ShapeShifter

Shapeshifters: Sneha Shah, of Thomson Reuters is committed to African growth

Reuters and Thomson came together in 2008 and Shah says it certainly helped them get through the financial crisis and flourish.

The marriage happened in 2008, and it was fantastic timing, after the financial crisis, bringing the two companies assets together, really allowed us to survive and thrive.

Sneha Shah, MD of Africa at Thomson Reuters

What Reuters brought to the equation, was that historic news piece and trusted journalism around the world, the global footprint as well as financial data. and what Thomson brought was very much professional services data, legal, tax, information, property data, as well as a wealth of financial data.

Sneha Shah, MD of Africa at Thomson Reuters

I joined in 2001, in July, in New York.

Sneha Shah, MD of Africa at Thomson Reuters

But she was born in Kenya, a 3rd generation Indian whose grandparents had come to Kenya to open shops next to the railways where many Indian immigrants worked.

Her father was an entrepreneur involved in importing business.

Shah later went to university in Britain where she graduated with a degree in politics and international studies.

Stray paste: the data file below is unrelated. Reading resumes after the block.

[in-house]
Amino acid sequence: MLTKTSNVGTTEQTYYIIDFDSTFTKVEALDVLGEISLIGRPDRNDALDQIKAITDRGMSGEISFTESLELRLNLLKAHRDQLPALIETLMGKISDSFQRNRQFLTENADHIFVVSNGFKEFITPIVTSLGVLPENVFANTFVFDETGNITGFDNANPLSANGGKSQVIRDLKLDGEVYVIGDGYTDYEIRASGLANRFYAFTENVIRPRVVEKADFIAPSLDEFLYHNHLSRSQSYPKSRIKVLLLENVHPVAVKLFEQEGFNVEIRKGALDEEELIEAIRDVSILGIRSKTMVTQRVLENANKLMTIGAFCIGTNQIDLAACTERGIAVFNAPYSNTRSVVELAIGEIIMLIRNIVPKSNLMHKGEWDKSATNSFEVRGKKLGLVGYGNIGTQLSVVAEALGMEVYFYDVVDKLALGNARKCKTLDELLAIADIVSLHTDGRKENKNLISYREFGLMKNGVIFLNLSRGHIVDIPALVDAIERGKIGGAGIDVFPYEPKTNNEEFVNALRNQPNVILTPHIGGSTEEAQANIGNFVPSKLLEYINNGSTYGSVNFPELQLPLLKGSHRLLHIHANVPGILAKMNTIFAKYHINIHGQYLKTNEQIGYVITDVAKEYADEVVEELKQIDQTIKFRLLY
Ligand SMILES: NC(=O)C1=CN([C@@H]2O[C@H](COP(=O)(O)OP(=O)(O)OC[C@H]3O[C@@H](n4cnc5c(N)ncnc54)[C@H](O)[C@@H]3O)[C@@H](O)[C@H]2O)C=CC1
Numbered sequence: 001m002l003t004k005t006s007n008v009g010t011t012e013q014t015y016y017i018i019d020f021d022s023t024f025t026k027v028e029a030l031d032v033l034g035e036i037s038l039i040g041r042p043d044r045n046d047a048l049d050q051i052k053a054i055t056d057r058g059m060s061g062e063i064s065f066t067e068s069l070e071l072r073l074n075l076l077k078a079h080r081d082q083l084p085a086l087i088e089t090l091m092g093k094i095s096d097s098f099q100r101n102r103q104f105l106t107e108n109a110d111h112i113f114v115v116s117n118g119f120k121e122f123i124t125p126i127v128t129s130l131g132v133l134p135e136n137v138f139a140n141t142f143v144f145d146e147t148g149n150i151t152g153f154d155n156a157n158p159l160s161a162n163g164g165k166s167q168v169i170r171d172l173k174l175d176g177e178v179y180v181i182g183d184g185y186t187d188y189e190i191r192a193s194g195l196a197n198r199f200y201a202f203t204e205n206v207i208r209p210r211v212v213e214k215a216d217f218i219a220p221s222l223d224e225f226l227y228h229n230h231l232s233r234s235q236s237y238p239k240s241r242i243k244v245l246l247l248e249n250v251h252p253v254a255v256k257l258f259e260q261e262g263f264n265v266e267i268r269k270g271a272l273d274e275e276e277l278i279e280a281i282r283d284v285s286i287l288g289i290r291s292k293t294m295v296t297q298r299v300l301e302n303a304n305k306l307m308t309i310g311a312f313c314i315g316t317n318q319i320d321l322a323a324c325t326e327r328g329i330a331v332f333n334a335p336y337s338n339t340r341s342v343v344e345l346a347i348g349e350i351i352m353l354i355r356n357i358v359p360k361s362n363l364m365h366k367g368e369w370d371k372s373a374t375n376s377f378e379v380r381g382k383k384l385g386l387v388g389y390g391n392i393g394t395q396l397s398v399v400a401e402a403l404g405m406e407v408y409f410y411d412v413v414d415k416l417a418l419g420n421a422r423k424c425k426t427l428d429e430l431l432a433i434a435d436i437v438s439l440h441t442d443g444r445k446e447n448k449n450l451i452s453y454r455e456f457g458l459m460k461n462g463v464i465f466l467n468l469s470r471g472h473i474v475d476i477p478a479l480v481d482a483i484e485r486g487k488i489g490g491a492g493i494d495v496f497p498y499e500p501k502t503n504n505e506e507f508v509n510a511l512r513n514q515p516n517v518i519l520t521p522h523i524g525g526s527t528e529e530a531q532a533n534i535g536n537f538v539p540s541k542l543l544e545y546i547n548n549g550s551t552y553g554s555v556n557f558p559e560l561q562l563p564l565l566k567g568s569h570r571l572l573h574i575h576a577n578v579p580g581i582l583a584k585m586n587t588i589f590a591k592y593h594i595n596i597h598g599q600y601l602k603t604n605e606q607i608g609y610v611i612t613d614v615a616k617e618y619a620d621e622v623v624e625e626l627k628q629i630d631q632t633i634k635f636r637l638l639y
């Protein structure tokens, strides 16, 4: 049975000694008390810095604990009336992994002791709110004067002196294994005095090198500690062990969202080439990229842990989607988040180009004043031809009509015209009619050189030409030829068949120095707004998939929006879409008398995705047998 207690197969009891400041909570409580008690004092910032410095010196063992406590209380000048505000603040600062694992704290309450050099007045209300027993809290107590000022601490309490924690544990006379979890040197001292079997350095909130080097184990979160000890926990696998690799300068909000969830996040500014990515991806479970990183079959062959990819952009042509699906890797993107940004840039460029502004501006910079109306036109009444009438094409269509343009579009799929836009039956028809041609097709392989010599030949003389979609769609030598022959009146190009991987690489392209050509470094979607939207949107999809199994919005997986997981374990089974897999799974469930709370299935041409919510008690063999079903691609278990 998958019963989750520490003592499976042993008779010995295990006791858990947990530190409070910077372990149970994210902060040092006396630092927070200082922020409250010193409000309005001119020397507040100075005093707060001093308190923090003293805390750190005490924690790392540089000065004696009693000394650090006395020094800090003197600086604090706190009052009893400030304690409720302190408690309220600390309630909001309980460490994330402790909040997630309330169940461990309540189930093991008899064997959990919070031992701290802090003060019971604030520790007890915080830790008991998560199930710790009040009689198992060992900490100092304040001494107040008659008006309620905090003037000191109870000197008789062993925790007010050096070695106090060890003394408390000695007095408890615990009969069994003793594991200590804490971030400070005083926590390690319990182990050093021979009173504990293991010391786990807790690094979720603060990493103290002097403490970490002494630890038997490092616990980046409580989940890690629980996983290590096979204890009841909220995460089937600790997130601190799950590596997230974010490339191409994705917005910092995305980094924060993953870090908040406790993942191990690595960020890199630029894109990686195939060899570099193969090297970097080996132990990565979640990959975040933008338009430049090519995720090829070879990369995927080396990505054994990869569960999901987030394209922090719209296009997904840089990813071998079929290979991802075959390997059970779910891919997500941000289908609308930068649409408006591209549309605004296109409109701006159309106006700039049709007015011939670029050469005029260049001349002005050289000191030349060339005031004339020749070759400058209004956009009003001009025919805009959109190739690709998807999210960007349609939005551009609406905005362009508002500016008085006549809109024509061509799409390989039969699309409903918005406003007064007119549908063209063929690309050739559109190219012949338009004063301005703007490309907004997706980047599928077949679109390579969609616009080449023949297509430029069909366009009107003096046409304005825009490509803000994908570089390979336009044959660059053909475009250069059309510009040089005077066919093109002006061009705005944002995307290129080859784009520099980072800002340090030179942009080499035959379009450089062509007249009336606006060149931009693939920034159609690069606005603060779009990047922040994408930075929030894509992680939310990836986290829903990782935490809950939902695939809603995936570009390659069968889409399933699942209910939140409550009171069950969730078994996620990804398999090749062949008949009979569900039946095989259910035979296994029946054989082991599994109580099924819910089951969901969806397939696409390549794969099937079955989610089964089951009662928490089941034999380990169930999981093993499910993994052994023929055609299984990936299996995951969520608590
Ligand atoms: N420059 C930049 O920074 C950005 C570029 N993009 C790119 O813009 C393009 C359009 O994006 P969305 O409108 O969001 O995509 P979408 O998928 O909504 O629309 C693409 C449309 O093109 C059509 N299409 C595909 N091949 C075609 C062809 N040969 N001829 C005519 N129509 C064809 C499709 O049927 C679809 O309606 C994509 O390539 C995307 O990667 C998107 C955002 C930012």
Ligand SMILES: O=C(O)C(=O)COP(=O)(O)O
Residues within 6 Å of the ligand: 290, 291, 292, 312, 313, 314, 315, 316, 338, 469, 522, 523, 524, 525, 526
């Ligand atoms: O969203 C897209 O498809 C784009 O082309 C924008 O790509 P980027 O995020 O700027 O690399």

Its a great course when you don't know what you want to do with your life, but you want to sound like you know what you talking about.

Sneha Shah, MD of Africa at Thomson Reuters

Jokes aside, Shah had a deep interest in politics and development.

And years later Thomson Reuters was to send her back to Africa, her childhood home to manage their African business.

Thomson Reuters had not put enough focus on these markets and what was needed to help develop them

Sneha Shah, MD of Africa at Thomson Reuters

And this is a big part of her work.

We've doubled in the last four years, and expect to double again in the next three - both in terms of revenue and geographical growth.

Sneha Shah, MD of Africa at Thomson Reuters

She credits their success to listening and finding out what the African markets really need.

The growth is through listening and talking to central banks, financial institutions and governments and asking them what do they need for making this transition from aid based economies to knowledge based economies. What type of information systems do you need?

Sneha Shah, MD of Africa at Thomson Reuters

many are looking for ways to generate revenue. And land is our largest asset across Africa. But land records are not reliable to do property valuations and develop a mortgage market - so we can help them digitise land records and begin process of valuations. Then once traditional sources of revenue like oil begin to fall away, they can start relying on new sources of income.

Sneha Shah, MD of Africa at Thomson Reuters
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